March 25th, 2003, 08:31 PM

summing #ers and differencing #ers
My code below basically does this:
The FL Function:
 User types in one number (lets say 2)
 User types in second number (lets say 4)
 The computer caclulates and outputs what 4+3+2 is.
The FG Function:
 User types in one number (lets say 4)
 User types in second number (lets say 2)
 The computer caclulates and outputs what 432 is.
The FG function works fine until I type something in like:
First number: 4
Second number: 3
If they are one apart they don't come out with the right answer. I have narrowed this down to the n/2 which makes in all situations (where the first and second number are one apart) n/2 equal to one. I need a revise my formula but can't think of a way. Here is my code:
#include <iostream>
using namespace std;
float fg();
float fl();
float first;
float second;
int main()
{
cout << "Type in A1\n";
cin >> first;
cout << "Type in An\n";
cin >> second;
if (first < second)
{
fl();
}
else if (first > second)
{
fg();
}
return 0;
}
float fl()
{
float n;
float final;
n = ((second + 1)  first);
final = n/2 * (first + second);
cout << "The sum between " << first << " and " << second << " is, "<< final << "\n";
return 0;
}
float fg()
{
float n;
float final;
n = ((first + 1)  second);
final = n/2 * (first + second);
cout << "The difference between " << first << " and " << second << " is, "<< final << "\n";
return 0;
}
P.S. I realize I could do this easier with arrays..But I want to try it with a custom formula :D
hmmm...
March 25th, 2003, 09:00 PM

Your formulae are wrong. By using this wellknown formula (was it Gauss who proposed it, or Euler? I forget who it was):
Sum(1..n) = n(n+1)/2
I derived the formulae where the first number is not 1, to be (assuming second is larger than first, of course):
FL = (second + first) (second  first + 1) / 2
FG = (2 * second + (first  second)(first + second  1))/2
This works for all cases, whether the numbers are one apart or not. A discussion of how I derived these formulae is probably best discussed in the algorithms forum.
March 25th, 2003, 09:08 PM

Hmm..my first formula works in all cases. My second is flawed and I will use yours although I don't understand it 100% yet. Thanks alot though for your quick reply. Regards.
andy
hmmm...
March 25th, 2003, 09:10 PM

That's because your FL() formula is the same as my FL() formula (rearrange the symbols and you'll see). However, your FG() formula is not the same as mine.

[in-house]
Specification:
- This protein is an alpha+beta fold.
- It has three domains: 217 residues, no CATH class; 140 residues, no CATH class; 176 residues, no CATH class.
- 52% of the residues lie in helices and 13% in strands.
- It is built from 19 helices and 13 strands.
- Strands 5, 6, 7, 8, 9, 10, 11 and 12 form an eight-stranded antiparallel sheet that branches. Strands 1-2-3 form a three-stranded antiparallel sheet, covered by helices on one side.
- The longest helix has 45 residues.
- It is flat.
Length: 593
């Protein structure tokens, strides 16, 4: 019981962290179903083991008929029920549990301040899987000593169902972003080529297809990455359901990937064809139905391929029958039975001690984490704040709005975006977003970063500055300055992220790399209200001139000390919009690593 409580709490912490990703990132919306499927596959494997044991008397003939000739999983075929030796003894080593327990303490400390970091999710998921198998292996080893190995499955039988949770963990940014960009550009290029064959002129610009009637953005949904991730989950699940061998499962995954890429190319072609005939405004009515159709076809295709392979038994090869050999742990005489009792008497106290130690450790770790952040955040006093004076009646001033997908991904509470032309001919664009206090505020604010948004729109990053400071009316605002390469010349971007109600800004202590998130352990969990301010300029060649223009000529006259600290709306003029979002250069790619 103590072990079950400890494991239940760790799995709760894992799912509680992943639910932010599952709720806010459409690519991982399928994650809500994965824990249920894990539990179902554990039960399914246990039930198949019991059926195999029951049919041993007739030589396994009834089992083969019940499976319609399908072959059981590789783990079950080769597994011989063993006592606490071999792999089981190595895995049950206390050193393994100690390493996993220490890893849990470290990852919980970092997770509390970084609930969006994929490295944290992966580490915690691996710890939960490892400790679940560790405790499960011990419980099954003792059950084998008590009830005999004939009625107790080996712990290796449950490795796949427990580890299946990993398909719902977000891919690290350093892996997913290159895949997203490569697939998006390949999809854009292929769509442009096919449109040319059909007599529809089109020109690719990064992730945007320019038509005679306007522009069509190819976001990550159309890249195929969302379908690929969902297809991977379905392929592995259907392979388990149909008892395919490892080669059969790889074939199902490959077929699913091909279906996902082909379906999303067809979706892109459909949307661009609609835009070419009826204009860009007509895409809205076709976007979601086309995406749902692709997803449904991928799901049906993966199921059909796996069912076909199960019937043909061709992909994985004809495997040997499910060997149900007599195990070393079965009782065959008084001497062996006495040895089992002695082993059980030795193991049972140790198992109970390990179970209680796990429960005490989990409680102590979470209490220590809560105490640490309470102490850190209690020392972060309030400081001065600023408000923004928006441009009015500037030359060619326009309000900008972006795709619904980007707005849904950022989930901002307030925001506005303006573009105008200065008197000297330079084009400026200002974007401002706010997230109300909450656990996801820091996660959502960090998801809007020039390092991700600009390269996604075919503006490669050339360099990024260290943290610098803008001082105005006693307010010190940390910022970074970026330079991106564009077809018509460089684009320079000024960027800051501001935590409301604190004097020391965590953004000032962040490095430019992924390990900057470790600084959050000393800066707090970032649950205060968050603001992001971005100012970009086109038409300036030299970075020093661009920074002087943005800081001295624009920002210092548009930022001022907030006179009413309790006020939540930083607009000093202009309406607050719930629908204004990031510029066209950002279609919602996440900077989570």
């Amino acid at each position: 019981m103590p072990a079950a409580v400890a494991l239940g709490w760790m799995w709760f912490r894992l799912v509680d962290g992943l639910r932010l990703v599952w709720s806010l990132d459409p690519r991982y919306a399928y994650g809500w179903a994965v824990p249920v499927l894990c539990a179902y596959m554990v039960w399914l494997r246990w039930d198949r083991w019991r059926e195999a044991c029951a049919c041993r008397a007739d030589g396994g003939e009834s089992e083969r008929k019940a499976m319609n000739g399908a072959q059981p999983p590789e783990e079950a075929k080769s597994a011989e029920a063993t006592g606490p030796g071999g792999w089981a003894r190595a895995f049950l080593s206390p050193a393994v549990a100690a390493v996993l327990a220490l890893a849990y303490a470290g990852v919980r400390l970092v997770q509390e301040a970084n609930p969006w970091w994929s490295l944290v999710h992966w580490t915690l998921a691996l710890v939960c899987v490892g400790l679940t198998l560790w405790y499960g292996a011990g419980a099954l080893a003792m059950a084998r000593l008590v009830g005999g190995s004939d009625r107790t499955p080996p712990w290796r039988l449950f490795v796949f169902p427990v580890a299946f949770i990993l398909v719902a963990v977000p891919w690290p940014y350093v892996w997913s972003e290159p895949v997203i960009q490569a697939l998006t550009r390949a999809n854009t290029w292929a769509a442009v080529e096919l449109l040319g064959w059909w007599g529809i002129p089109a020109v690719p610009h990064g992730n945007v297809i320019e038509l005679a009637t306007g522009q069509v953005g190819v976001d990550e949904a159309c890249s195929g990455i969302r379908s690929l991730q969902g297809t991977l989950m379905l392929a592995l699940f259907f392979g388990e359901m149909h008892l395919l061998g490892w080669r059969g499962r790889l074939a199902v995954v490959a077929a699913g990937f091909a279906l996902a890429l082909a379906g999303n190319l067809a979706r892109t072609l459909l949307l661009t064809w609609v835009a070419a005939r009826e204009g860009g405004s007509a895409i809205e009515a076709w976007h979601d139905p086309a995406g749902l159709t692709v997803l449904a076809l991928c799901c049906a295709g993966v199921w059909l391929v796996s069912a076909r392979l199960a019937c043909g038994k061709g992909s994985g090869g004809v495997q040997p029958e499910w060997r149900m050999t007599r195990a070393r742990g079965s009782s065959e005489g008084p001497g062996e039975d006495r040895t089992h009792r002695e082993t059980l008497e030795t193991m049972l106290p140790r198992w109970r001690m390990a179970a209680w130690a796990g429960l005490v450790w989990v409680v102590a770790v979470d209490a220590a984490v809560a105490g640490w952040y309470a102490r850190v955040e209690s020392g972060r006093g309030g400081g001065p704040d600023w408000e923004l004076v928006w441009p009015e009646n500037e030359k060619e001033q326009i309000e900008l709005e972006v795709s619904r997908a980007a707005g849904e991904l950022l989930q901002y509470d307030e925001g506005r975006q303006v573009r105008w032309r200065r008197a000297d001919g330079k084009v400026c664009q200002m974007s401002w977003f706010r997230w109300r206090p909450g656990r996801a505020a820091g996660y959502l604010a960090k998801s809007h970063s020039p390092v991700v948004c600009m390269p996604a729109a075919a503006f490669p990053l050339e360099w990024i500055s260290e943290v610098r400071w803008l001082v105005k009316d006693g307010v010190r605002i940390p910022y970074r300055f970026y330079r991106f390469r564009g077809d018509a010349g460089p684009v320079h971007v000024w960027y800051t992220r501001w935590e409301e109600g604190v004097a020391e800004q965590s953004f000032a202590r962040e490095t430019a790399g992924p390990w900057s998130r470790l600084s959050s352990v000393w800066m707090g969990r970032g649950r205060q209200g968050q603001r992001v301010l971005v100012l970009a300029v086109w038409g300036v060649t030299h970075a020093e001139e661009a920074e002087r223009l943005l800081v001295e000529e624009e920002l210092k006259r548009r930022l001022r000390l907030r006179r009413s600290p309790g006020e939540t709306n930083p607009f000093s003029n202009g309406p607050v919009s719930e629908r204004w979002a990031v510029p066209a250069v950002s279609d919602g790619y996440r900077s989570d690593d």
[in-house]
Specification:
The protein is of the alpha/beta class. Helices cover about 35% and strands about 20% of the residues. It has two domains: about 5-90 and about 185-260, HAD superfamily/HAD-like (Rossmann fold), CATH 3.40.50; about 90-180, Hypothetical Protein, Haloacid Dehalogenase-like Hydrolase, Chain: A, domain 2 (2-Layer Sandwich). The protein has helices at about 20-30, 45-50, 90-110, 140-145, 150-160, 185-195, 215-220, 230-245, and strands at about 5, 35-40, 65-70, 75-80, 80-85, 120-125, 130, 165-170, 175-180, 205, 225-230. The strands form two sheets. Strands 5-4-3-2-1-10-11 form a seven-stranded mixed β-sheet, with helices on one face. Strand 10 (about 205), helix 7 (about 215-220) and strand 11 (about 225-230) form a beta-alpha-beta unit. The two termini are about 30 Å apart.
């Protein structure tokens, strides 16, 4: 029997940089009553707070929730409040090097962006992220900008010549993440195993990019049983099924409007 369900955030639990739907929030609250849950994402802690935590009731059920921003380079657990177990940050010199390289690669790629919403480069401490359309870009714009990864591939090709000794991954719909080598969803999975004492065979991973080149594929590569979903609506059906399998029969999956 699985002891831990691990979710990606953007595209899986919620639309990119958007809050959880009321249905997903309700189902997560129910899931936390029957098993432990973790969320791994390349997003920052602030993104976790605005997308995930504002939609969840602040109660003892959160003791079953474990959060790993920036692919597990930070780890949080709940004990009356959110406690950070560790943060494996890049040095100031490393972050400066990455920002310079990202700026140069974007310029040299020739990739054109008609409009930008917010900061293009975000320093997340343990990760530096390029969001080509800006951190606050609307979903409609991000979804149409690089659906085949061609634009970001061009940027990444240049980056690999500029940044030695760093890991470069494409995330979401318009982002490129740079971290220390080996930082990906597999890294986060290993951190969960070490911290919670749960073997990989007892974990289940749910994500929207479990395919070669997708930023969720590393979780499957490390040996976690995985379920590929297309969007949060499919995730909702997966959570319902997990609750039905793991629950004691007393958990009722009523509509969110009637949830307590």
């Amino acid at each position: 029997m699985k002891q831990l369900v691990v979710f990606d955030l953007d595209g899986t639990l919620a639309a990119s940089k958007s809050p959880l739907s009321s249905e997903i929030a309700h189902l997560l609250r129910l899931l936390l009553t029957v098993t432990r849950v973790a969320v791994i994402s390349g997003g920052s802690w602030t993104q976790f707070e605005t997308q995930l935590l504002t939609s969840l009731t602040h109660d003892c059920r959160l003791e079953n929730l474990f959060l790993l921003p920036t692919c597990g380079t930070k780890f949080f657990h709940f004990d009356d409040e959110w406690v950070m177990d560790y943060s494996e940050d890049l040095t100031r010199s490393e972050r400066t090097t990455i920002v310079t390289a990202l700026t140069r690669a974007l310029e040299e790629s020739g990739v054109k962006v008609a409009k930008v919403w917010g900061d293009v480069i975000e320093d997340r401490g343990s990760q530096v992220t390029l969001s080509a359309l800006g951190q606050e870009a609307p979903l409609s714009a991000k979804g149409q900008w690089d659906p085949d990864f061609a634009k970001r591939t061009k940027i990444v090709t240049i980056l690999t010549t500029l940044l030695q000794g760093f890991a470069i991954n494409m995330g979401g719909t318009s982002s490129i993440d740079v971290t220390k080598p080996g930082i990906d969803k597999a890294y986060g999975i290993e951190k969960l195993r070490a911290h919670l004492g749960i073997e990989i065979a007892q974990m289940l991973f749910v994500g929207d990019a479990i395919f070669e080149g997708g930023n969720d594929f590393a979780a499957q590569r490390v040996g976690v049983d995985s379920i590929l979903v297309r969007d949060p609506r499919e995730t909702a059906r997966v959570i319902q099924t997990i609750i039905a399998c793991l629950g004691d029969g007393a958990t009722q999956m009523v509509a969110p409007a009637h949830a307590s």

[edit]
BTW my first try at FG was wrong too.
FG() = second + ((first  second)*(first + second  1)/2)
[/edit]
Last edited by Scorpions4ever; March 25th, 2003 at 09:22 PM.
March 25th, 2003, 09:22 PM

hmm..your formula:
final = (2 * second + (first  second) * (first + second  1))/2;
doesn't seem to work. Here is my results for a practice run:
Type in A1
4
Type in An
2
The difference between 4 and 2 is, 7
It should be 9? 432 = 9
EDIT: Nope..your new formula:
final = second + ((first  second)*(first + second  1)/2);
Still results in 7
Last edited by andy3109; March 25th, 2003 at 09:24 PM.
hmmm...
March 25th, 2003, 09:24 PM

Hehe, check out my corrected formula.
March 25th, 2003, 09:26 PM

fixed it..it should be:
final = (2 * second + (first  second) * (first + second + 1))/2;
Thanks for pointing me in the right direction again scorp.
andy
hmmm...
March 25th, 2003, 09:28 PM

My formulae are correct for FG(), both first and second try are the same thing. BTW 432 = 1, not 9
if you put second = 4 and first = 2 and try out my formula, it works correctly.
March 25th, 2003, 09:38 PM

Doh! Im stuck on negatives..lol. BRB to try your method out.
hmmm...
March 25th, 2003, 09:41 PM

final = second + ((first  second)*(first + second  1)/2);
Output:
Type in A1
5
Type in An
3
543 = 10
hmm..
Last edited by andy3109; March 25th, 2003 at 09:51 PM.
hmmm...
March 25th, 2003, 10:51 PM

If you check the first reply in my thread, I said second was assumed to be the greater number in my formula. If you put second = 5, first = 3, then you get
final = 5 + ((35) * (3 + 5 1)/2)
= 5 + ((2) * (7)/2)
= 5 + (7)
= 2
543 = 2
Therefore my formula works correctly. The reason you're getting 10 is because you reversed the values of first and second.
March 26th, 2003, 07:42 AM

Thanks alot man. Take it easy.
andy
hmmm...